140 year of Shriners

140 year of Shriners

Wednesday, March 21, 2012


Shriner sponsors Bray

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March 21, 2012 | Leave Comment
CARLY BRAY, who lost her leg after being hit by a car March 1, was sponsored in attempt to get a prosthesis at Shriners Hospital. Democrat photo by Krysten Kellum
CARLY BRAY, who lost her leg after being hit by a car March 1, was sponsored in attempt to get a prosthesis at Shriners Hospital. Democrat photo by Krysten Kellum
When Kevin Brown, owner of Breaker Glass, heard that Carly Bray had lost her leg, he knew immediately he had to help.

Brown, a Shriner, e-mailed El Dorado High School Principal Matt Barnes. Brown's son attended the school, as did Bray. When Barnes informed the Bray family that Brown would be submitting an application for Bray to go to Shriners Hospital, "They were happy to get the referral," Brown said.

Shriners provides free hospital work to children under 18 years old, provided that a Shriner sponsors the patient.

He filled out sponsor paperwork the day after Bray went through surgery and handed it off to Barnes. Barnes sent it to the hospital where Bray was staying, which then sent it to Shriners.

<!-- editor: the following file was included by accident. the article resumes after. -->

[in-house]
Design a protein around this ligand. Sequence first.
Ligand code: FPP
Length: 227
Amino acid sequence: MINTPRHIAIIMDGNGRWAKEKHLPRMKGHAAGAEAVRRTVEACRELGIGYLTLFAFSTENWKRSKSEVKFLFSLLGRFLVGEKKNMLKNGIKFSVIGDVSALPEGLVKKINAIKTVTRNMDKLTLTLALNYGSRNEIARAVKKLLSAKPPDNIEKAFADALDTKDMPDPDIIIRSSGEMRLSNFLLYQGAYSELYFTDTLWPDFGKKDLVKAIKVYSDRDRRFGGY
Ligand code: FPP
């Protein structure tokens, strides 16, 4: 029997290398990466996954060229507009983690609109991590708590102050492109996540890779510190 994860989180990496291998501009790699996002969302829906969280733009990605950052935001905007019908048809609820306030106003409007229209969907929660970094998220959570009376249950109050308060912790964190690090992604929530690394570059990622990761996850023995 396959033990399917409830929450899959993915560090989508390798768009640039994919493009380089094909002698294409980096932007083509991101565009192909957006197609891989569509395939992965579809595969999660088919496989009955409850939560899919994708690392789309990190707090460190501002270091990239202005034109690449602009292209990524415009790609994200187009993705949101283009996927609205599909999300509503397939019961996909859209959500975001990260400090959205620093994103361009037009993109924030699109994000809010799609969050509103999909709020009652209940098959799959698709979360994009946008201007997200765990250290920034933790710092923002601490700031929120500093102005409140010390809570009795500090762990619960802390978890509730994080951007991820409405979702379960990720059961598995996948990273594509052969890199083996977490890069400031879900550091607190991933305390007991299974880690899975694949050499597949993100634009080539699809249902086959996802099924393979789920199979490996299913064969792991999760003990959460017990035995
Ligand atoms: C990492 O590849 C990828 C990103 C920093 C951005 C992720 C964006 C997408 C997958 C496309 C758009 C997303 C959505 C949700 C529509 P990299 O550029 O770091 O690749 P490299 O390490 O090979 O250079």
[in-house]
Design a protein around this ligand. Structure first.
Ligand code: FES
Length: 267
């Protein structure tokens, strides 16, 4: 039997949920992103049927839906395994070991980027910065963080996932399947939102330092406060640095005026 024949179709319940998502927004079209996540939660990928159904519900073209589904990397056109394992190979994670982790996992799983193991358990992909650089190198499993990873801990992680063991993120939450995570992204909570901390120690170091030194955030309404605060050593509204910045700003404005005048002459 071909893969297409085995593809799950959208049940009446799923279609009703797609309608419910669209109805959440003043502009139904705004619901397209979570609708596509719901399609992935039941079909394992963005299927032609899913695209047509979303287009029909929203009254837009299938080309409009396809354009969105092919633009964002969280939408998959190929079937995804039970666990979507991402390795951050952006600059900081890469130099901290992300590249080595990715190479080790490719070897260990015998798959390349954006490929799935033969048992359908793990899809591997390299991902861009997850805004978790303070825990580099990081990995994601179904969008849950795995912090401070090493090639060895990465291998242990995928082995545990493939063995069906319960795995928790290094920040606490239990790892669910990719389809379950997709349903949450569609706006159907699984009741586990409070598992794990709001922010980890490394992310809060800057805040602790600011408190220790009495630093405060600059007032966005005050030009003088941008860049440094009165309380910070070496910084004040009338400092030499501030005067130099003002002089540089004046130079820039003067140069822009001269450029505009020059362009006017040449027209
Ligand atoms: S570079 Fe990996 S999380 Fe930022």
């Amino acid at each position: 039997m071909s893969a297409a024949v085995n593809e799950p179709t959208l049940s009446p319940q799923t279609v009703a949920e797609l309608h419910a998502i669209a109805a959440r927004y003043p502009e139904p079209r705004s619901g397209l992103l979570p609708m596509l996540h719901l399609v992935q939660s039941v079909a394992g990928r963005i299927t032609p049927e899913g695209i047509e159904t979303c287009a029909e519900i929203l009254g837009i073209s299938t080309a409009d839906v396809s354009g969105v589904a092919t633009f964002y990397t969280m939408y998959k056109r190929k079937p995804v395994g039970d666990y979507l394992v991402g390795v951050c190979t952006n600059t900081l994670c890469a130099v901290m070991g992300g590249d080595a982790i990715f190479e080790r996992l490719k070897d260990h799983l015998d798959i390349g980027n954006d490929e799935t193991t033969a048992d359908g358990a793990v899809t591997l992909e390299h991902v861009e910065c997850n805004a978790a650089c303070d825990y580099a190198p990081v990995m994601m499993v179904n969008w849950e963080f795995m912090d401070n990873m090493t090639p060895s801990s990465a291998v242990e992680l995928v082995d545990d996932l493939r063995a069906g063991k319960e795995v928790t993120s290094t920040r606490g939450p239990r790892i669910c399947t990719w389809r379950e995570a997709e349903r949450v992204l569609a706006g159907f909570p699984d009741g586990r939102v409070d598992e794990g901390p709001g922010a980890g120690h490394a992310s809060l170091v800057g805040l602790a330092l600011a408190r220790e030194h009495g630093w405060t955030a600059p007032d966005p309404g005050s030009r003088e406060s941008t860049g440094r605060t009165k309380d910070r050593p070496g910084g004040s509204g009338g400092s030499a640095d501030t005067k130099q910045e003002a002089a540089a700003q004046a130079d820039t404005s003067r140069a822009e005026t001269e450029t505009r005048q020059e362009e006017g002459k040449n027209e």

"It's pretty much automatic after that," Brown said. He noted that Bray would have to do an interview to make sure the hospital could help her, but that was the last obstacle.

Shriners primarily deals with cases such as Bray's, where prothesis is needed, Brown said.

"As she starts to heal, they'll fit her and provide her with a prothesis for free," he said. "(Shriners) is about helping kids. So I turned in the application right away."

Although he said that it's all "in (the Shriner's) hands now," it's pretty much "guaranteed, a done deal. They don't turn away kids."

Brown was just happy to help the family out.

"If something positive comes out of this, it's that it will help reduce the strain on the family," he said. "This is what (Shriners) are about."

He said that he has been in contact with the hospital, and that Shriners had been in contact with the Brays, collecting insurance information, medical notes and records.

"It takes time," Brown said. "They are moving forward."

The three people in the Shriners office that he deals with had all spoken to the family, and things seemed to be going well.

"It will get taken care of, I'm sure," Brown added.
Cole Mayer

Cole Mayer

Cole Mayer started writing for the Mountain Democrat in early 2012. A 2011 graduate of CSU Sacramento's journalism program, he has written news, features and opinions in the past, and currently works the crime, court and fire beat.
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